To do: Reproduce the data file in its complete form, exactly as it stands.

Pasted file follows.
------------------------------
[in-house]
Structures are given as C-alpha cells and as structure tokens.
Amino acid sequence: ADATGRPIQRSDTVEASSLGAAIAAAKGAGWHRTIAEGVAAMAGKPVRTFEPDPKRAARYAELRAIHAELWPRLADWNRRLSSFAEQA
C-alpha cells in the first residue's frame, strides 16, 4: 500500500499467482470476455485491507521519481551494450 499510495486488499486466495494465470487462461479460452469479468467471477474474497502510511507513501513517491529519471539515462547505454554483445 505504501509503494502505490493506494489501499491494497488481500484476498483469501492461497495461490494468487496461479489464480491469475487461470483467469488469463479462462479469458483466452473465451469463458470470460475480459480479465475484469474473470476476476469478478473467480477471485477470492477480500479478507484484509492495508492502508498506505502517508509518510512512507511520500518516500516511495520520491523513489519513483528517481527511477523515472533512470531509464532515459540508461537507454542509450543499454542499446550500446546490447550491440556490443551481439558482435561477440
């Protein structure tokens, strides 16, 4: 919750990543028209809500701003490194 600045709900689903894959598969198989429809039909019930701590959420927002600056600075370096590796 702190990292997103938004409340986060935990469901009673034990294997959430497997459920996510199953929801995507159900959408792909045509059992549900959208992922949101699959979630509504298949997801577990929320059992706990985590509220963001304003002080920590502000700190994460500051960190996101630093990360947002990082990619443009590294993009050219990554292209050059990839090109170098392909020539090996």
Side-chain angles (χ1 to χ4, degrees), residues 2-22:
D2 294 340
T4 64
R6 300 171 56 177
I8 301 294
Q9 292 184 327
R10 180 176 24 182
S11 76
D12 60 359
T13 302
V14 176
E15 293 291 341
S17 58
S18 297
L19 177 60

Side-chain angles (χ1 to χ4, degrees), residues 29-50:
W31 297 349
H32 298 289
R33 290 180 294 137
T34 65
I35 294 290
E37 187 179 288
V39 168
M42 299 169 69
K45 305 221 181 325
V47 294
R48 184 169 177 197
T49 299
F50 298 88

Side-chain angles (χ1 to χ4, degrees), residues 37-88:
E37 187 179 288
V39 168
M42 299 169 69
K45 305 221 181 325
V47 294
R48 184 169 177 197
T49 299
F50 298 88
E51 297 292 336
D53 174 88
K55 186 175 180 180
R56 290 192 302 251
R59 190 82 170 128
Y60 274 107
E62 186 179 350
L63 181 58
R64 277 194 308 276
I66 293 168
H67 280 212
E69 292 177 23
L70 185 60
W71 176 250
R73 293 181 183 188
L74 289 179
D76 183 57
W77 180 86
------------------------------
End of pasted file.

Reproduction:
[in-house]
Structures are given as C-alpha cells and as structure tokens.
Amino acid sequence: ADATGRPIQRSDTVEASSLGAAIAAAKGAGWHRTIAEGVAAMAGKPVRTFEPDPKRAARYAELRAIHAELWPRLADWNRRLSSFAEQA
C-alpha cells in the first residue's frame, strides 16, 4: 500500500499467482470476455485491507521519481551494450 499510495486488499486466495494465470487462461479460452469479468467471477474474497502510511507513501513517491529519471539515462547505454554483445 505504501509503494502505490493506494489501499491494497488481500484476498483469501492461497495461490494468487496461479489464480491469475487461470483467469488469463479462462479469458483466452473465451469463458470470460475480459480479465475484469474473470476476476469478478473467480477471485477470492477480500479478507484484509492495508492502508498506505502517508509518510512512507511520500518516500516511495520520491523513489519513483528517481527511477523515472533512470531509464532515459540508461537507454542509450543499454542499446550500446546490447550491440556490443551481439558482435561477440
């Protein structure tokens, strides 16, 4: 919750990543028209809500701003490194 600045709900689903894959598969198989429809039909019930701590959420927002600056600075370096590796 702190990292997103938004409340986060935990469901009673034990294997959430497997459920996510199953929801995507159900959408792909045509059992549900959208992922949101699959979630509504298949997801577990929320059992706990985590509220963001304003002080920590502000700190994460500051960190996101630093990360947002990082990619443009590294993009050219990554292209050059990839090109170098392909020539090996």
Side-chain angles (χ1 to χ4, degrees), residues 2-22:
D2 294 340
T4 64
R6 300 171 56 177
I8 301 294
Q9 292 184 327
R10 180 176 24 182
S11 76
D12 60 359
T13 302
V14 176
E15 293 291 341
S17 58
S18 297
L19 177 60

Side-chain angles (χ1 to χ4, degrees), residues 29-50:
W31 297 349
H32 298 289
R33 290 180 294 137
T34 65
I35 294 290
E37 187 179 288
V39 168
M42 299 169 69
K45 305 221 181 325
V47 294
R48 184 169 177 197
T49 299
F50 298 88

Side-chain angles (χ1 to χ4, degrees), residues 37-88:
E37 187 179 288
V39 168
M42 299 169 69
K45 305 221 181 325
V47 294
R48 184 169 177 197
T49 299
F50 298 88
E51 297 292 336
D53 174 88
K55 186 175 180 180
R56 290 192 302 251
R59 190 82 170 128
Y60 274 107
E62 186 179 350
L63 181 58
R64 277 194 308 276
I66 293 168
H67 280 212
E69 292 177 23
L70 185 60
W71 176 250
R73 293 181 183 188
L74 289 179
D76 183 57
W77 180 86